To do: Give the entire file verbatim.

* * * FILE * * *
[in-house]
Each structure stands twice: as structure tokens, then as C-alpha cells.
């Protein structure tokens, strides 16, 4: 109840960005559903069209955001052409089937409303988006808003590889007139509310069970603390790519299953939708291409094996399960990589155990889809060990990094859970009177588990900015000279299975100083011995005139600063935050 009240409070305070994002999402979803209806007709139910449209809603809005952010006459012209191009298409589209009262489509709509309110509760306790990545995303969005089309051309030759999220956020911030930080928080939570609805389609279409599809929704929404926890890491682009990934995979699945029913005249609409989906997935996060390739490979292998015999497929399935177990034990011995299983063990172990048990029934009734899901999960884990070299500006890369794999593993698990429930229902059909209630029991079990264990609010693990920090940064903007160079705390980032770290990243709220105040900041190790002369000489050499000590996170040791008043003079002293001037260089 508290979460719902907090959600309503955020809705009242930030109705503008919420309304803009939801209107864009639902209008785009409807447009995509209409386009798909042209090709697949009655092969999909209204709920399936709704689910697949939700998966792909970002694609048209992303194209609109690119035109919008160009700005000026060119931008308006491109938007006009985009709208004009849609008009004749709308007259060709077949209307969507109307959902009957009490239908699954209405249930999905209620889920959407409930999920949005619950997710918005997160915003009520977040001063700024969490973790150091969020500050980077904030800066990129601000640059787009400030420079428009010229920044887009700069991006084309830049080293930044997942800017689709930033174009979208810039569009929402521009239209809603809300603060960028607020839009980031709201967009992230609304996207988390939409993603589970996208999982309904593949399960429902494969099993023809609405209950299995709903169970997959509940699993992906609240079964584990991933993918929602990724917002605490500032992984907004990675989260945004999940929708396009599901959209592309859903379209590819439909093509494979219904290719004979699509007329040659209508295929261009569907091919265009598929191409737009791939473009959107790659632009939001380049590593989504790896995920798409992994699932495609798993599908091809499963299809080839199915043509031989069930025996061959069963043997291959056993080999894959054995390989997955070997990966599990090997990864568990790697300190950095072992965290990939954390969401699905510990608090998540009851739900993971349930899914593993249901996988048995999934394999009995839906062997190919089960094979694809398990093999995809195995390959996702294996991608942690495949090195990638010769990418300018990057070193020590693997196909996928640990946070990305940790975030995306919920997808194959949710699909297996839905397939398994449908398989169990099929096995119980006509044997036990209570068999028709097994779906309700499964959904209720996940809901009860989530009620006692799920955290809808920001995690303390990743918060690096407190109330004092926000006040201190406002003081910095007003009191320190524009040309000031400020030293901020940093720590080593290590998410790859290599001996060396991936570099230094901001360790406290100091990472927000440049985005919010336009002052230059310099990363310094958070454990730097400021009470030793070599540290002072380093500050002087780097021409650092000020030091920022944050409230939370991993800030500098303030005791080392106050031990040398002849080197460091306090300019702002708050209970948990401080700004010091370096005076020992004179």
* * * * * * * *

[in-house]
Each structure stands twice: as structure tokens, then as C-alpha cells.
């Protein structure tokens, strides 16, 4: 109840960005559903069209955001052409089937409303988006808003590889007139509310069970603390790519299953939708291409094996399960990589155990889809060990990094859970009177588990900015000279299975100083011995005139600063935050 009240409070305070994002999402979803209806007709139910449209809603809005952010006459012209191009298409589209009262489509709509309110509760306790990545995303969005089309051309030759999220956020911030930080928080939570609805389609279409599809929704929404926890890491682009990934995979699945029913005249609409989906997935996060390739490979292998015999497929399935177990034990011995299983063990172990048990029934009734899901999960884990070299500006890369794999593993698990429930229902059909209630029991079990264990609010693990920090940064903007160079705390980032770290990243709220105040900041190790002369000489050499000590996170040791008043003079002293001037260089 508290979460719902907090959600309503955020809705009242930030109705503008919420309304803009939801209107864009639902209008785009409807447009995509209409386009798909042209090709697949009655092969999909209204709920399936709704689910697949939700998966792909970002694609048209992303194209609109690119035109919008160009700005000026060119931008308006491109938007006009985009709208004009849609008009004749709308007259060709077949209307969507109307959902009957009490239908699954209405249930999905209620889920959407409930999920949005619950997710918005997160915003009520977040001063700024969490973790150091969020500050980077904030800066990129601000640059787009400030420079428009010229920044887009700069991006084309830049080293930044997942800017689709930033174009979208810039569009929402521009239209809603809300603060960028607020839009980031709201967009992230609304996207988390939409993603589970996208999982309904593949399960429902494969099993023809609405209950299995709903169970997959509940699993992906609240079964584990991933993918929602990724917002605490500032992984907004990675989260945004999940929708396009599901959209592309859903379209590819439909093509494979219904290719004979699509007329040659209508295929261009569907091919265009598929191409737009791939473009959107790659632009939001380049590593989504790896995920798409992994699932495609798993599908091809499963299809080839199915043509031989069930025996061959069963043997291959056993080999894959054995390989997955070997990966599990090997990864568990790697300190950095072992965290990939954390969401699905510990608090998540009851739900993971349930899914593993249901996988048995999934394999009995839906062997190919089960094979694809398990093999995809195995390959996702294996991608942690495949090195990638010769990418300018990057070193020590693997196909996928640990946070990305940790975030995306919920997808194959949710699909297996839905397939398994449908398989169990099929096995119980006509044997036990209570068999028709097994779906309700499964959904209720996940809901009860989530009620006692799920955290809808920001995690303390990743918060690096407190109330004092926000006040201190406002003081910095007003009191320190524009040309000031400020030293901020940093720590080593290590998410790859290599001996060396991936570099230094901001360790406290100091990472927000440049985005919010336009002052230059310099990363310094958070454990730097400021009470030793070599540290002072380093500050002087780097021409650092000020030091920022944050409230939370991993800030500098303030005791080392106050031990040398002849080197460091306090300019702002708050209970948990401080700004010091370096005076020992004179």